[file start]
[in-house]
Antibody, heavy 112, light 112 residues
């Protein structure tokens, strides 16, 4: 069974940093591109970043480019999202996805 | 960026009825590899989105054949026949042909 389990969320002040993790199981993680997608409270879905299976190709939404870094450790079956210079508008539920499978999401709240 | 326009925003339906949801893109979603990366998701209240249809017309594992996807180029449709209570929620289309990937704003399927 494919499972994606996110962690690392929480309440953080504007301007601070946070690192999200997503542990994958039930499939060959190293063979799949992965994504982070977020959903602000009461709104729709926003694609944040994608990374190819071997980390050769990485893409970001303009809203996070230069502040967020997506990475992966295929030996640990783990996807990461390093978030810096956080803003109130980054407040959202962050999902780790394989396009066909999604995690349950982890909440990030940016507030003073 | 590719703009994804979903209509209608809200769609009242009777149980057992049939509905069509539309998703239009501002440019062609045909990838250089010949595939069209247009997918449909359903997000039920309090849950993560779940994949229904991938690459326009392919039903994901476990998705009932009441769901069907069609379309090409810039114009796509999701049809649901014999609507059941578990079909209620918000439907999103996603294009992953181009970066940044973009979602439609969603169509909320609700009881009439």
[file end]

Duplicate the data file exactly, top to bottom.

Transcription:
[in-house]
Antibody, heavy 112, light 112 residues
């Protein structure tokens, strides 16, 4: 069974940093591109970043480019999202996805 | 960026009825590899989105054949026949042909 389990969320002040993790199981993680997608409270879905299976190709939404870094450790079956210079508008539920499978999401709240 | 326009925003339906949801893109979603990366998701209240249809017309594992996807180029449709209570929620289309990937704003399927 494919499972994606996110962690690392929480309440953080504007301007601070946070690192999200997503542990994958039930499939060959190293063979799949992965994504982070977020959903602000009461709104729709926003694609944040994608990374190819071997980390050769990485893409970001303009809203996070230069502040967020997506990475992966295929030996640990783990996807990461390093978030810096956080803003109130980054407040959202962050999902780790394989396009066909999604995690349950982890909440990030940016507030003073 | 590719703009994804979903209509209608809200769609009242009777149980057992049939509905069509539309998703239009501002440019062609045909990838250089010949595939069209247009997918449909359903997000039920309090849950993560779940994949229904991938690459326009392919039903994901476990998705009932009441769901069907069609379309090409810039114009796509999701049809649901014999609507059941578990079909209620918000439907999103996603294009992953181009970066940044973009979602439609969603169509909320609700009881009439």